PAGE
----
Does bundling’s good reputation hold up to research? No, according to professors Alexander Chernev and Aaron Brough in a recent article in the Harvard Business Review.  Their research found significant problems with bundling. Specifically:

  • Consumers will pay more for a single expensive item, such as a TV, than they will for a combination of that item and a cheaper one, such as a radio.  In their study, people were willing to spend $225 on one piece of luggage and $54 on another when the items were offered separately. However when the bags were offered as a package, people were willing to spend just $165 for both
  • Bundling will have a negative effect on the perceived value of a product when a less expensive item is added as part of a bundle. The research found that when consumers were offered a choice between a gym membership and a home gym, slightly more than half preferred the home gym. But when a fitness DVD was included with the home gym, only about a third chose it.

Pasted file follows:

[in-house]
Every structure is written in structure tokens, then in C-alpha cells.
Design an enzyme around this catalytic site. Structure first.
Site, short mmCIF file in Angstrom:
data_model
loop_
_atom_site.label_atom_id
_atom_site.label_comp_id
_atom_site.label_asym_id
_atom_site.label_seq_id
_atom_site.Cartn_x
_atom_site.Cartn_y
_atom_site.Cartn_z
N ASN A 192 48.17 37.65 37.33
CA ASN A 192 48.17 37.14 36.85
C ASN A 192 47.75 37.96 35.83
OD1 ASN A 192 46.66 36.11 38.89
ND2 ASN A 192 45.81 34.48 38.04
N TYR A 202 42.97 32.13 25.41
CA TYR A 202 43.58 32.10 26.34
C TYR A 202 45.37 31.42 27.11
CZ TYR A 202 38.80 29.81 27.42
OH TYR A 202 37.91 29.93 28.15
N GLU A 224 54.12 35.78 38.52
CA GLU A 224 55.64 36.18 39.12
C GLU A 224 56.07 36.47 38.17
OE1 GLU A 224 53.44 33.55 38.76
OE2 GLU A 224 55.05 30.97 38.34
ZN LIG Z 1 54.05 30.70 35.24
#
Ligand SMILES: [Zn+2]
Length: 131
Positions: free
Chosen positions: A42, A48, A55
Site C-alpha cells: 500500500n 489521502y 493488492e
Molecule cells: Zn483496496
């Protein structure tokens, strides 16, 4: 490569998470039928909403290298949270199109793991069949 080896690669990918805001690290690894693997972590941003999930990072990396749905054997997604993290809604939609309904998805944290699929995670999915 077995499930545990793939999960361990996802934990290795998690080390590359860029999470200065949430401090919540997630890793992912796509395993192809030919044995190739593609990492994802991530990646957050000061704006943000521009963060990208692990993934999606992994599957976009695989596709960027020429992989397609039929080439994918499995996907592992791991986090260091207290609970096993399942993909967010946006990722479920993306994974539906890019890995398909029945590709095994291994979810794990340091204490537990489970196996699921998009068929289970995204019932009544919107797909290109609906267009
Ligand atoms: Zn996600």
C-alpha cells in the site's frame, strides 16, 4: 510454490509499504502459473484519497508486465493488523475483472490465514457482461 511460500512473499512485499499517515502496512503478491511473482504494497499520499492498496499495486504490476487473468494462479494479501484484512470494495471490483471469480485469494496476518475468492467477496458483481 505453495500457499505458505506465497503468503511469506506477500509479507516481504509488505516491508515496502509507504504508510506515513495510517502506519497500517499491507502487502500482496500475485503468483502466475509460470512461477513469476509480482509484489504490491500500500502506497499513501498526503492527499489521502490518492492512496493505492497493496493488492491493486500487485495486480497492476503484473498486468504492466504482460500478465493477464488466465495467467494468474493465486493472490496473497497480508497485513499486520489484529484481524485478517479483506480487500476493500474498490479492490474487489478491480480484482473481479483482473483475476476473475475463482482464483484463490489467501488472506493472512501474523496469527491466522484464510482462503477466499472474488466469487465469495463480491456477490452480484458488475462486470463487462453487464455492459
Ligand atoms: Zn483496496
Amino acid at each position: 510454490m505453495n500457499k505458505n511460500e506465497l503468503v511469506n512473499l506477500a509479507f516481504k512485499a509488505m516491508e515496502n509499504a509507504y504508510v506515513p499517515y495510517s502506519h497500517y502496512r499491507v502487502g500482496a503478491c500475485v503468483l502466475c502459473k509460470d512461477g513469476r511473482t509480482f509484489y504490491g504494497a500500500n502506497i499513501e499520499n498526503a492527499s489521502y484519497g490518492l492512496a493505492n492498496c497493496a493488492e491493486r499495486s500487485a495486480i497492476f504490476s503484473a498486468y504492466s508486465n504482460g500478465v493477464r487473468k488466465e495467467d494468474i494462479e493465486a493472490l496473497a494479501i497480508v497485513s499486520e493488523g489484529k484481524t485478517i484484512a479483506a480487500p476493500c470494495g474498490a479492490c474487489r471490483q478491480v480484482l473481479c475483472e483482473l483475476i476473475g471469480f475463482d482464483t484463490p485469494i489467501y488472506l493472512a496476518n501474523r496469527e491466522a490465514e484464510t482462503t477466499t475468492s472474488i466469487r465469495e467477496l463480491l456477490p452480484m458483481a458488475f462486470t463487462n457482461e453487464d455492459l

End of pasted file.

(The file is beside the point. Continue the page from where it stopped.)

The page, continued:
It’s all in your head

In 5 experiments, real consumers were shown a series of real brand name products—phones, jackets, backpacks, TVs, watches, shoes, luggage, bikes, wine, and sunglasses – varying in price.  Respondents in one group were asked how much they would pay for each item by itself, and those in another group were asked how much they would pay for a bundle combining a high-priced and a low-priced item.